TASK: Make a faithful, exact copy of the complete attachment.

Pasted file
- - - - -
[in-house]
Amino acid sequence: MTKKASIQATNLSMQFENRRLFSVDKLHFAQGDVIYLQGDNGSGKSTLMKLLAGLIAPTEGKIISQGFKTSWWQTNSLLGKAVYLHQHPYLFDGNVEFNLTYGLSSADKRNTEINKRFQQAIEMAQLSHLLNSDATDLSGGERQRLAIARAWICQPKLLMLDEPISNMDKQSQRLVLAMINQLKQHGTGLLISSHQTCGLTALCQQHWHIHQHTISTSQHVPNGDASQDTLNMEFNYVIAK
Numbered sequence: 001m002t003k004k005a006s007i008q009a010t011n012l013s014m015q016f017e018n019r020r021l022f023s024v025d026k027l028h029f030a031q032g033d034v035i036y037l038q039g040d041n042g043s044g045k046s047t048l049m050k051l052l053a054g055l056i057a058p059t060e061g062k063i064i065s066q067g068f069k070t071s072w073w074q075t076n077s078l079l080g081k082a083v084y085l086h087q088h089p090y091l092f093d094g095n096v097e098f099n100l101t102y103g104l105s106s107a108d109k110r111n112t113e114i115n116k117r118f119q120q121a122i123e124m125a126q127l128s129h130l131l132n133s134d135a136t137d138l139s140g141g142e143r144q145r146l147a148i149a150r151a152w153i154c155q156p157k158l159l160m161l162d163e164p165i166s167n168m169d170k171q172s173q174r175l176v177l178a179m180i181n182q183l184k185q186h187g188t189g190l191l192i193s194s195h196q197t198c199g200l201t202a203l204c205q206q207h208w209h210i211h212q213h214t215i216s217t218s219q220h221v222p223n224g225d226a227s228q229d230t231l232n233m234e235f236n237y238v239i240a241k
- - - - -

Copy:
[in-house]
Amino acid sequence: MTKKASIQATNLSMQFENRRLFSVDKLHFAQGDVIYLQGDNGSGKSTLMKLLAGLIAPTEGKIISQGFKTSWWQTNSLLGKAVYLHQHPYLFDGNVEFNLTYGLSSADKRNTEINKRFQQAIEMAQLSHLLNSDATDLSGGERQRLAIARAWICQPKLLMLDEPISNMDKQSQRLVLAMINQLKQHGTGLLISSHQTCGLTALCQQHWHIHQHTISTSQHVPNGDASQDTLNMEFNYVIAK
Numbered sequence: 001m002t003k004k005a006s007i008q009a010t011n012l013s014m015q016f017e018n019r020r021l022f023s024v025d026k027l028h029f030a031q032g033d034v035i036y037l038q039g040d041n042g043s044g045k046s047t048l049m050k051l052l053a054g055l056i057a058p059t060e061g062k063i064i065s066q067g068f069k070t071s072w073w074q075t076n077s078l079l080g081k082a083v084y085l086h087q088h089p090y091l092f093d094g095n096v097e098f099n100l101t102y103g104l105s106s107a108d109k110r111n112t113e114i115n116k117r118f119q120q121a122i123e124m125a126q127l128s129h130l131l132n133s134d135a136t137d138l139s140g141g142e143r144q145r146l147a148i149a150r151a152w153i154c155q156p157k158l159l160m161l162d163e164p165i166s167n168m169d170k171q172s173q174r175l176v177l178a179m180i181n182q183l184k185q186h187g188t189g190l191l192i193s194s195h196q197t198c199g200l201t202a203l204c205q206q207h208w209h210i211h212q213h214t215i216s217t218s219q220h221v222p223n224g225d226a227s228q229d230t231l232n233m234e235f236n237y238v239i240a241k